The National Spatial Strategy

2002 - 2020

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What is the National Spatial Strategy?

The National Spatial Strategy (NSS) Click here to download the National Spatial Strategy Summary Guide in PDF format (420kb) is a coherent national planning framework for Ireland for the next 20 years Click here to download the full text of the National Spatial Strategy in PDF format.(4mbs). The NSS aims to achieve a better balance of social, economic and physical development across Ireland, supported by more effective planning.In order to drive development in the regions, the NSS proposes that areas of sufficient scale and critical mass will be built up through a network of gateways and hubs. It's about people, places and potential. Making the most of our cities, towns and rural places to bring a better spread of opportunities, better quality of life and better places to live in.

While the National Development Plan 2000-2006 identified Dublin, Cork, Limerick/Shannon, Galway and Waterford as existing gateways, the NSS designated four new national level gateways - the towns of Dundalk and Sligo and the linked gateways of Letterkenny/(Derry) and the Midland towns of Athlone/Tullamore/Mullingar (See Map).

In addition, the NSS identified nine, strategically located, medium-sized "hubs" which will support, and be supported by, the gateways and will link out to wider rural areas. The hubs identified are Cavan, Ennis, Kilkenny, Mallow, Monaghan, Tuam and Wexford, along with the linked hubs of Ballina/Castlebar and Tralee/Killarney, working together to promote regional development in their areas. The role of the gateways acting at the national level, together with the hubs acting at the regional and county levels, needs to be partnered by the county towns and other larger towns as a focus for business, residential, service and amenity functions. The NSS also identifies an important need to support the role of smaller towns, villages and rural areas at the local level.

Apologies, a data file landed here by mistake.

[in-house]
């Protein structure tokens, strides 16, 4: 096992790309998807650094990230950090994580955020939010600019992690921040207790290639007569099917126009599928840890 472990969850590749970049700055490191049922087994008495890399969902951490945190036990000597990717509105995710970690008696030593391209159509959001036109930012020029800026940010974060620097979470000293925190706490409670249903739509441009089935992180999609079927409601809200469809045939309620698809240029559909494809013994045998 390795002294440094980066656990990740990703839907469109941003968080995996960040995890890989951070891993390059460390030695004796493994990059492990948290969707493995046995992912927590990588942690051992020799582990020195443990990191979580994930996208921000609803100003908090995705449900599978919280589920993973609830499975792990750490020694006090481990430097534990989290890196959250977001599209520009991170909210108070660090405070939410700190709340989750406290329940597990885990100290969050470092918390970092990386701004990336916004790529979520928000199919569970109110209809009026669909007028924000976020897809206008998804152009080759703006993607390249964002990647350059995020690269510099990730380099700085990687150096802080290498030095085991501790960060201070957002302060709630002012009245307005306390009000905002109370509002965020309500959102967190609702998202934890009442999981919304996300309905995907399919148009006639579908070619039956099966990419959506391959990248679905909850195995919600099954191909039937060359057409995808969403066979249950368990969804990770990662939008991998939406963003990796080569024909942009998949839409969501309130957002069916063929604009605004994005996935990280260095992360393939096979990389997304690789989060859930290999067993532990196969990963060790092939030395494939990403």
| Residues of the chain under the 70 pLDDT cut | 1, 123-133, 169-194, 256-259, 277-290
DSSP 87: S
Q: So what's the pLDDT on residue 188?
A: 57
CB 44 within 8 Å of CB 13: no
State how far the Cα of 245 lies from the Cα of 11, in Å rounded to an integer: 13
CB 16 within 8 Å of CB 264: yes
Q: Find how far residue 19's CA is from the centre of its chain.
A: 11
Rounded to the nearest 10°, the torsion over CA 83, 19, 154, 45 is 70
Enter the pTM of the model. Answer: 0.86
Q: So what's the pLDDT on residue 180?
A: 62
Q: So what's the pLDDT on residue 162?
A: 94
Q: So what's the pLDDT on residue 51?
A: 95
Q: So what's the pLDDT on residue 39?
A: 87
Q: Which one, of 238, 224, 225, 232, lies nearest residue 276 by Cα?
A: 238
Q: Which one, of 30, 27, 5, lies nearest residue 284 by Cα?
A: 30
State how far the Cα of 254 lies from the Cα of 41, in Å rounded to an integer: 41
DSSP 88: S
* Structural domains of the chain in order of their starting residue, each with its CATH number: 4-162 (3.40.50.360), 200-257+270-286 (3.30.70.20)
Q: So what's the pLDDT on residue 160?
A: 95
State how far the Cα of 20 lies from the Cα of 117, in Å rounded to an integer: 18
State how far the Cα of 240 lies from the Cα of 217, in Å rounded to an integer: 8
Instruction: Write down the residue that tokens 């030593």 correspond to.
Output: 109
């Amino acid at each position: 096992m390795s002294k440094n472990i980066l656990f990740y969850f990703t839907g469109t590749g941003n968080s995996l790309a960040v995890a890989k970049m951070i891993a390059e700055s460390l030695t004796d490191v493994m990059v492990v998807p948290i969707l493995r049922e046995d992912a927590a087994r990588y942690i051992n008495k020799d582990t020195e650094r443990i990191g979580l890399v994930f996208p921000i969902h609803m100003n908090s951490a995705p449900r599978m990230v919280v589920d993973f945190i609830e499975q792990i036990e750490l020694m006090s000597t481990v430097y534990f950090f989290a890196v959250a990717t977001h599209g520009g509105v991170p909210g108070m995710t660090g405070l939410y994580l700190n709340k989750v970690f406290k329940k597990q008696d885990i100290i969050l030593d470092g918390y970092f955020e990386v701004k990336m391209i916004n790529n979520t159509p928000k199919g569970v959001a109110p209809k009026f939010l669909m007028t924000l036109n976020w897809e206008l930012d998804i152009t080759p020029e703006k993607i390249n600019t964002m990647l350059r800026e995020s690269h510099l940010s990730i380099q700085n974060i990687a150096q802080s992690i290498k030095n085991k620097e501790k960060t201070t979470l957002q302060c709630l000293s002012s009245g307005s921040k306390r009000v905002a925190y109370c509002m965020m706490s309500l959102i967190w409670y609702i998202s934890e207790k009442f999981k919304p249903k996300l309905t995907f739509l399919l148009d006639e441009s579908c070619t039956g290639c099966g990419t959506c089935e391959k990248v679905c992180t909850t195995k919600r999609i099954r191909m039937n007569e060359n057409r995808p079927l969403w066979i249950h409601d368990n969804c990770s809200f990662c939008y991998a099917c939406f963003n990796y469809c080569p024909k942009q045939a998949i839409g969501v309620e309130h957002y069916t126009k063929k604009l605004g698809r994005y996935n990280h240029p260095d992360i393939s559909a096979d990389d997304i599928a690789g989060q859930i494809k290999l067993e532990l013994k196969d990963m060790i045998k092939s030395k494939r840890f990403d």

Substantial progress has been made at national level in implementing the Strategy, which is having an increasing influence on policies and programmes across a number of Government Departments and agencies.

  • The National Development Plan (NDP) 2007-2013 aligns the Strategy centrally within it through a specific horizontal chapter on balanced regional development. This Government commitment to aligning the regional development dimension of the NDP 2007-2013 with the NSS objectives and the prioritisation of capital investment in line with the NSS will establish the Strategy as a viable and practical policy measure to encourage more balanced regional development. This will place the NSS at the heart of our capital infrastructure decisions over the next seven years.
  • A Gateway Innovation Fund (GIF) is being provided for in the NDP 2007-2013 which aims to enhance the growth of the 9 gateway cities and towns identified under the NSS.An initial exchequer allocation of Euro300m is being provided through the Fund which will operate initially on a pilot basis for the period 2008-2010. Under the management of the Department of Environment, Heritage and Local Government, a detailed scheme for the operation of the new Fund will be finalised shortly.
  • At Regional level, a key policy bridge between national development priorities and local planning has been put in place with the adoption in mid 2004 of Regional Planning Guidelines (RPG's).
  • At County and City level, Integrated Planning Frameworks are in place for almost all gateways.

    The importance of other plans and programmes and their relevance to achieving the aims of the Strategy are also recognised. In addressing spatial issues for the island of Ireland as a whole and strengthening cross-border co-operation, the NSS acknowledges the importance of Shaping Our Future, the Regional Development Strategy for Northern Ireland. The National Spatial Strategy in the South and the Regional Development Strategy in the North are becoming more embedded in policy-making on both sides of the border. A framework of collaboration on spatial policy between North and South is being progressed in order to create enhanced, globally competitive and dynamic economic conditions on the island of Ireland by providing strategic, forward-looking planning frameworks which will assist in targeting appropriate investment in infrastructure and lead to better co-ordination of public services improving the quality of life on both sides of the border.

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